Sunday, January 24, 2010

Now Back to the Present

Praise God, I think I got it all up there for you. There are still a couple little things I didn't post, like my visit to the Venerable English College around Thanksgiving and the Urbe et Orbi Christmas address the Pope gives, but all the big stuff should be caught up now. Don't feel obliged to read it all at once- I just posted a whole lot of stuff, but it's all well past, anyway, so it's not like it becomes less timely if you don't ready it promptly. I'm glad I finally got it all up here now, though.

This week we had another priest from the diocese in town, Father Brian Stanley. He was in town for a military chaplaincy conference, so we got to spend some good time with him. It was really great catching up with him; I didn't have too many role models growing up, and Father Stanley was definitely one of the bigger priestly influences in my life for the short time we had him at St. Monica. It was nice having a relatively young priest to look up to while in middle school, even if only for a short time.

Alright, please everyone pray for those in Haiti, please pray for all those in positions of authority, in our Church and in our country, especially for Bishop Bradley and Pope Benedict, for President Obama and our House and Senate representatives, please pray for all those in most need of our prayers, and, if you have any time or prayer left in you, please pray for all of us over here and please pray for me. We have now entered exam season, and there is much studying which needs to occur between now and the time of my exams if I want to represent Kalamazoo well. I'm not looking for a summa cum laude over here, but good enough grades to move on to my theological grad studies would be nice. [:) I'm probably not going to be online much, if at all, for the next couple weeks, but I would definitely appreciate all your prayers. I will continue to keep all of you in mine. May God richly bless you all, and, as we grow closer to our Lord in our preparations for exams over here and you grow closer to our Lord in all your struggles over there, may God bless up with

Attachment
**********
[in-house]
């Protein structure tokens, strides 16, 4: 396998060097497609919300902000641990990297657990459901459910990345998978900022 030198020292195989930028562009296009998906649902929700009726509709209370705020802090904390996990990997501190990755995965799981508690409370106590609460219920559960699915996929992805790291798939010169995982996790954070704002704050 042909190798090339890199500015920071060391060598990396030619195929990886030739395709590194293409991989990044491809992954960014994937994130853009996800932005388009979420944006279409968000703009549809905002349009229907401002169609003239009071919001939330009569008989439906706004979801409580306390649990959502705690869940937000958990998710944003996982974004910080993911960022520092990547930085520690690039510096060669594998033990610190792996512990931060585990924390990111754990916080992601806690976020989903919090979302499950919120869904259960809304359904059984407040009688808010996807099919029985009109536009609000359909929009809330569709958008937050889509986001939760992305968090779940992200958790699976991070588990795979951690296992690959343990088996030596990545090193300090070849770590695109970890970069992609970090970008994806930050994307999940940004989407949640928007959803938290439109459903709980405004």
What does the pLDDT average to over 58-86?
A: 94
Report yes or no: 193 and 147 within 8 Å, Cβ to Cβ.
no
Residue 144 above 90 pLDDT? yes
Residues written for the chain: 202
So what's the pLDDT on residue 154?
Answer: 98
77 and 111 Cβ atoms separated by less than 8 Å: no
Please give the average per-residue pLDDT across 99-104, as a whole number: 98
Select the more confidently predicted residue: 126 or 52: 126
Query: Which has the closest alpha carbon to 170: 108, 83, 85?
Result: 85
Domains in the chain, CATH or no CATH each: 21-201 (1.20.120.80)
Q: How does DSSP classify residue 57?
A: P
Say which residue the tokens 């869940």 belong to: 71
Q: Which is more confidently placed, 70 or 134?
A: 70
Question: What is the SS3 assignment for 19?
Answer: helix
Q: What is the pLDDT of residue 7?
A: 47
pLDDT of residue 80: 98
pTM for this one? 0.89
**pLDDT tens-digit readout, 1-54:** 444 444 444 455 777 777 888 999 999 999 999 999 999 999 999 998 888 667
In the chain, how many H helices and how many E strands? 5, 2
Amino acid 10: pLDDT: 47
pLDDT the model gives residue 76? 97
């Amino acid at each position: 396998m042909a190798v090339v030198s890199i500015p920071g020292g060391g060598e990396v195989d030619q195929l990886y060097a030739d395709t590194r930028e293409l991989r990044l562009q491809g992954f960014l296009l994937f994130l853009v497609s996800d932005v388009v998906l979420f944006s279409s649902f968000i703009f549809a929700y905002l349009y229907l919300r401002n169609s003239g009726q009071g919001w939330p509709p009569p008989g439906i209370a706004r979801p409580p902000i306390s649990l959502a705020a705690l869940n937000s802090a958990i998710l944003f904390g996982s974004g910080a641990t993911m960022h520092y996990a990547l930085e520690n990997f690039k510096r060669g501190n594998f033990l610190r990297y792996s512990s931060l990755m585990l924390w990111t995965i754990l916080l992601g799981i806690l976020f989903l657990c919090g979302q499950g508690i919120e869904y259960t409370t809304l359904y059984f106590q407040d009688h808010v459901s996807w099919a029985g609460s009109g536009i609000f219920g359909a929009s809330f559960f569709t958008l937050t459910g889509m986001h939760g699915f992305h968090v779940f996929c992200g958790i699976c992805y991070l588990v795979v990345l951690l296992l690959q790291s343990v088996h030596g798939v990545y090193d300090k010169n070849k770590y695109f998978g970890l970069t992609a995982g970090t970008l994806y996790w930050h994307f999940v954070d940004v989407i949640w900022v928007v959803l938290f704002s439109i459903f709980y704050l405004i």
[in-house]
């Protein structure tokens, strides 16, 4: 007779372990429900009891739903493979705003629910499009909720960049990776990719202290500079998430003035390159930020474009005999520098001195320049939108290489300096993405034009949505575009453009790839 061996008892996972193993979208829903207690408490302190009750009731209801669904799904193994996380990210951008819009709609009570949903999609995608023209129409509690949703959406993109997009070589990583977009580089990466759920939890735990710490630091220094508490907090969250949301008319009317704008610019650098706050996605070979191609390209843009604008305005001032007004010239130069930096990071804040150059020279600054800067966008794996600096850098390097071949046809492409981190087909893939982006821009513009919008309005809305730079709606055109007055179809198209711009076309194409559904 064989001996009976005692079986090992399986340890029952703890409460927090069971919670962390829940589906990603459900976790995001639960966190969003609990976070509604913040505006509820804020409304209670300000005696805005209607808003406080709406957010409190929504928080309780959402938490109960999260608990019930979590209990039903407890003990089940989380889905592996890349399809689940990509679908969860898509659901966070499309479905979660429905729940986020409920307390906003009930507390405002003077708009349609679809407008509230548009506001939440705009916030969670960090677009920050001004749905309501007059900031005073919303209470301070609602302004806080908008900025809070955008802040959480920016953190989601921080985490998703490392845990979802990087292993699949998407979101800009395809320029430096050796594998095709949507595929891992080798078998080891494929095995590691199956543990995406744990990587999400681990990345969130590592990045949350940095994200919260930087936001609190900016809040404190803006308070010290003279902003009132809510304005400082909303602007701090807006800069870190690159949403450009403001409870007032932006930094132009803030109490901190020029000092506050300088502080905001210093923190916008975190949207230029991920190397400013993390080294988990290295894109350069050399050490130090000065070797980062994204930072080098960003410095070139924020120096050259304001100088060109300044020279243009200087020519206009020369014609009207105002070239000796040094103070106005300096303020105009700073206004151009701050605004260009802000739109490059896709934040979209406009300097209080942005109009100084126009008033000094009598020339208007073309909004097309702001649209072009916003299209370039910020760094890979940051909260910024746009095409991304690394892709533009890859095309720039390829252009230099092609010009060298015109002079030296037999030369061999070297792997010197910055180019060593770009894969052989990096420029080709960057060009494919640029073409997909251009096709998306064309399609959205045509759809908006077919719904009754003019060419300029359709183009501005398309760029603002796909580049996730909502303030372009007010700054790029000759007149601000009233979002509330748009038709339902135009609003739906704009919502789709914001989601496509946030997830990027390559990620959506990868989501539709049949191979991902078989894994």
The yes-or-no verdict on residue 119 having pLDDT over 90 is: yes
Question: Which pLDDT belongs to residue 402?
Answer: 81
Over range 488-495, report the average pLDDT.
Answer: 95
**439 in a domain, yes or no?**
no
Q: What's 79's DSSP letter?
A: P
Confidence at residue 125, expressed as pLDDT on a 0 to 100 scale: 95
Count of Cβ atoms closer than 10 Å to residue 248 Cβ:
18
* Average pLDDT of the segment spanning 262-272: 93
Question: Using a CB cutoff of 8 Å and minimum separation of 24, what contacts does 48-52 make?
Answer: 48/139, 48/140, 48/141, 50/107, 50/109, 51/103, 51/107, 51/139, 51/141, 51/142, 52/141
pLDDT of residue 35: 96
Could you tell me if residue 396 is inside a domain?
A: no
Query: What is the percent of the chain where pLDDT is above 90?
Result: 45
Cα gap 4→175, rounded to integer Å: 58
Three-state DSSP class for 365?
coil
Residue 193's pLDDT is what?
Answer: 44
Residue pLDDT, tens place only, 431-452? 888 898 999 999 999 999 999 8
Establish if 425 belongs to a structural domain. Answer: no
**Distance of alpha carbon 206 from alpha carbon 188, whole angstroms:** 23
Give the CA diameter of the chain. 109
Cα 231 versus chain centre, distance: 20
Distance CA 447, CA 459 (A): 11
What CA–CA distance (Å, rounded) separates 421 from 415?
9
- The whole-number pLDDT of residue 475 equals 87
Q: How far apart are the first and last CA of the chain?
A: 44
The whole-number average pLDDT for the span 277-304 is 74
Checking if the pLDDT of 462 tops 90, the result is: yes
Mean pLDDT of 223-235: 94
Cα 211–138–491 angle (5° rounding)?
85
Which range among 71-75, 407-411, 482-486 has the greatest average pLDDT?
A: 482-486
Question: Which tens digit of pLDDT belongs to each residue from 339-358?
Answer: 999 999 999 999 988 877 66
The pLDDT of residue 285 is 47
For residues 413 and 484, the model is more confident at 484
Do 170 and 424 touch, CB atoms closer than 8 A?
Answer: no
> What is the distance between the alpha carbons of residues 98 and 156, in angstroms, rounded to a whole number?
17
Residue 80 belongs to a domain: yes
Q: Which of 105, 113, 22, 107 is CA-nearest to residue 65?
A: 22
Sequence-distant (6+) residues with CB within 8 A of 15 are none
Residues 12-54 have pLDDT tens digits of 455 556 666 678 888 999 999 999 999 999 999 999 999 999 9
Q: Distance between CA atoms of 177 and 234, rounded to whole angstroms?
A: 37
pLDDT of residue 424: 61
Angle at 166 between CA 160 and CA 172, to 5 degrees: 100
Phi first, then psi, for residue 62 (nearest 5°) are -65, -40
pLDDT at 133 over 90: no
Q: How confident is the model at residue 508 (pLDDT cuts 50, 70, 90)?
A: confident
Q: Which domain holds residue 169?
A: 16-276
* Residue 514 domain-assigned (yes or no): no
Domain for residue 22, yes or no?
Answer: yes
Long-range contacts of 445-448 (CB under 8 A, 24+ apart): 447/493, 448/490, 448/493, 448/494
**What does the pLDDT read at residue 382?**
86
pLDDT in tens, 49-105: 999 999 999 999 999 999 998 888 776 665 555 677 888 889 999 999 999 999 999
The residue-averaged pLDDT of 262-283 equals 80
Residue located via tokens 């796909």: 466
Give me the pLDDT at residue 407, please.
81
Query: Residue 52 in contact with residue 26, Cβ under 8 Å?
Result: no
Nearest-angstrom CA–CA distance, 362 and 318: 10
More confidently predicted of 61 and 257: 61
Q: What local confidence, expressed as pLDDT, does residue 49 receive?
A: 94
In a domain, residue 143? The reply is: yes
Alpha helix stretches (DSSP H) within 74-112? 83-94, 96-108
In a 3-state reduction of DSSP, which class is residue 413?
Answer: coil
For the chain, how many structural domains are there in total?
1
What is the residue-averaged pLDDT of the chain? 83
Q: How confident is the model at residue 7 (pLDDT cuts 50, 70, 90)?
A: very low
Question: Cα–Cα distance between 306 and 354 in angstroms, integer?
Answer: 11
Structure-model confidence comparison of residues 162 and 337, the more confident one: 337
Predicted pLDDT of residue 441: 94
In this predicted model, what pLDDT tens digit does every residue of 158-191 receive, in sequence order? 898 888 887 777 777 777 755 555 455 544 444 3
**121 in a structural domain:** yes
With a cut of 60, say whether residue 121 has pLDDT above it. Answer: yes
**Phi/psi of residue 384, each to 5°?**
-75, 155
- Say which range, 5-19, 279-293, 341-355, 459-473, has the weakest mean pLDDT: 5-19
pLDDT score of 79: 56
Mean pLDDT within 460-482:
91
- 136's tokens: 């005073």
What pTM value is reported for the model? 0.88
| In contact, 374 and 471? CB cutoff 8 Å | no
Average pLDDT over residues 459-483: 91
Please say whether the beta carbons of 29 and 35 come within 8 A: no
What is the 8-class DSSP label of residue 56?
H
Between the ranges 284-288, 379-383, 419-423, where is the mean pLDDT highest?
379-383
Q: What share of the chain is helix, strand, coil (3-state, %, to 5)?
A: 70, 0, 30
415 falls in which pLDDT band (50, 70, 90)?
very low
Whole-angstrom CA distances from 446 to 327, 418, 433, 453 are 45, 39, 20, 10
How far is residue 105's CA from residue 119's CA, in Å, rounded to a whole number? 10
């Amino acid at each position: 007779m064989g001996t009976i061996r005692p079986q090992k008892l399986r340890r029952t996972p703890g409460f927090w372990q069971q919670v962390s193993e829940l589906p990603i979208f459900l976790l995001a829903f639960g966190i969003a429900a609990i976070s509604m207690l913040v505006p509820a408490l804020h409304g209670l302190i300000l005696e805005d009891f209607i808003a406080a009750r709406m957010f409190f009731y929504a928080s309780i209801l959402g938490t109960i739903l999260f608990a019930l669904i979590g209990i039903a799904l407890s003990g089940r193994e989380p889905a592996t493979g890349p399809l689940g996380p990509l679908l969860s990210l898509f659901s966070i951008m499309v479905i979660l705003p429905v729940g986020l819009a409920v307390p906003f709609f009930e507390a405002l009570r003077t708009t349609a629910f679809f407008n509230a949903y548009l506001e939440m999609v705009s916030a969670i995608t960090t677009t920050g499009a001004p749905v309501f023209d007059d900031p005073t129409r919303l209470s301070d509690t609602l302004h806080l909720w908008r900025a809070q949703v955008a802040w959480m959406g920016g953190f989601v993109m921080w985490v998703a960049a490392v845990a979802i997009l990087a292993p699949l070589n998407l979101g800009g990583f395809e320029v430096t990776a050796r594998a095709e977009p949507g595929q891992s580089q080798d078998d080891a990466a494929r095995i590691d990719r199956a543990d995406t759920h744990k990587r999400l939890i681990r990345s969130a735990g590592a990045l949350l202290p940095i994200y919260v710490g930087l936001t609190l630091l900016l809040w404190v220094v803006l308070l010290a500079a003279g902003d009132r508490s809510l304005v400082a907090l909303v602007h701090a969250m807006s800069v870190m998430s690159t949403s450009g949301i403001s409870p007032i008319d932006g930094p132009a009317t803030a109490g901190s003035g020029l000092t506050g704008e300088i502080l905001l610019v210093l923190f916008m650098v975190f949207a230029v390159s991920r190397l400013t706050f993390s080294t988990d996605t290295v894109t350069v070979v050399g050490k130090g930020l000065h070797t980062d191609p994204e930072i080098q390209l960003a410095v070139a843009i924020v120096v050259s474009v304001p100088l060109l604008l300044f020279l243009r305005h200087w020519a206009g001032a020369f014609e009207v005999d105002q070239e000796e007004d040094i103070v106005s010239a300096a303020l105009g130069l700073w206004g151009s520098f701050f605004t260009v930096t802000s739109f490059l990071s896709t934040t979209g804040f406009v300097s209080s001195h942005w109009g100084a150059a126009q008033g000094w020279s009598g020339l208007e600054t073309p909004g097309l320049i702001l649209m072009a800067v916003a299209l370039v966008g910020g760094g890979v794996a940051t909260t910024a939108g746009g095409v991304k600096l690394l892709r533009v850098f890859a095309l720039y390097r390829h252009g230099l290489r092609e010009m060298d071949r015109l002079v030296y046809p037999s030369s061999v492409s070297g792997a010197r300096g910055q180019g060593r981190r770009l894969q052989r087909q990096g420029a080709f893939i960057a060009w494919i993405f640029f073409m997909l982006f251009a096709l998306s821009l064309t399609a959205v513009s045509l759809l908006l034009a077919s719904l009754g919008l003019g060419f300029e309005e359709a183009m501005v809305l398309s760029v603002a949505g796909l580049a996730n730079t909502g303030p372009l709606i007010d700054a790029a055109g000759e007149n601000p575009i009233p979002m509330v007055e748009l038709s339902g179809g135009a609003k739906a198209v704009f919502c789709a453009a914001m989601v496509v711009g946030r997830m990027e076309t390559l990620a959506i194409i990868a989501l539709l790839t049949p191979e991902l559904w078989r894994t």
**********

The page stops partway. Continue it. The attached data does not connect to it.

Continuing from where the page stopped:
The light of His wisdom and insight...

and the quiet peace of heart only He can bring


Flashback 5: Alumni Reunions and The Papal Audience

In honor of the 150th anniversary of our college, we had the distinct pleasure of being able to attend a private papal audience in the very room out of which a newly-elected Pope comes when he is chosen by the college of cardinals. It was very moving being so closely present with him. The Holy Father gave a short talk to us and greeted all of us. Most of us got to shake hands with him and kiss his ring, myself included. He was his usual determined, thoughtful, and peaceful self, but he seemed very tired. I don't know if he was ill that morning or if age really is finally starting to catch up to him, but we all noticed it- everyone was commenting on how his energy level seemed a bit low. It was great to get to see him and it was also very nice to get to see and meet some of the visiting bishops and archbishops, as well. Archbishop Dolan was there, and he even paid for drinks and snacks for everyone in our college lounge in the evening. We were most appreciative.

In spite of all the chaos, the spirits in the house really were high during our alumni week. Fathers Richardson and Grondz came into town and we got to spend some good time with them. They cooked dinner for us a couple times and we caught up on how things were for them both and for the diocese. It was a great week for all of us, I think. They seemed to be glad to catch up with old classmates and to just spend a little time in the Eternal City once again.
Here are some of my pictures from the papal audience. Some of them didn't turn out that well, and I didn't dare make myself too obvious for too long, snapping pictures like some dopey tourist. Cardinals and Popes probably don't like being treated like rare zoo animals or national monuments. Though it happens often enough, I prefer not to be marked as having added to it, so if some of the pictures aren't as good as usual, it was probably because they were done as quickly and as inconspicuously as I could make them.

Here was the hall in which we met the Holy Father

I liked the white bow-tie look of the papal MCs (or whatever job they happened to hold)

Here was our rector with all the bishops, archbishops, and cardinals.

This was cool- here is the very window out of which the Pope exits to greet people after his election!

It's a bad picture, but you can kinda see the colonnade outside, to give some perspective of where we were.

This was the window out the other side. Again, another poor picture, but you can kinda make out the image of the Paraclete from over the altar of the chair, revealing that the windows on the right side of the room actually looked out on the inside of St. Peter's Basilica! How cool is that?! I would have gone to the other side to snap this photo, but the Pope was just about to arrive and the guards appeared slightly edgy and I didn't want to die.

Il Papa!

Here is Monsignor Checchio, giving an address to the Pope on behalf of the college.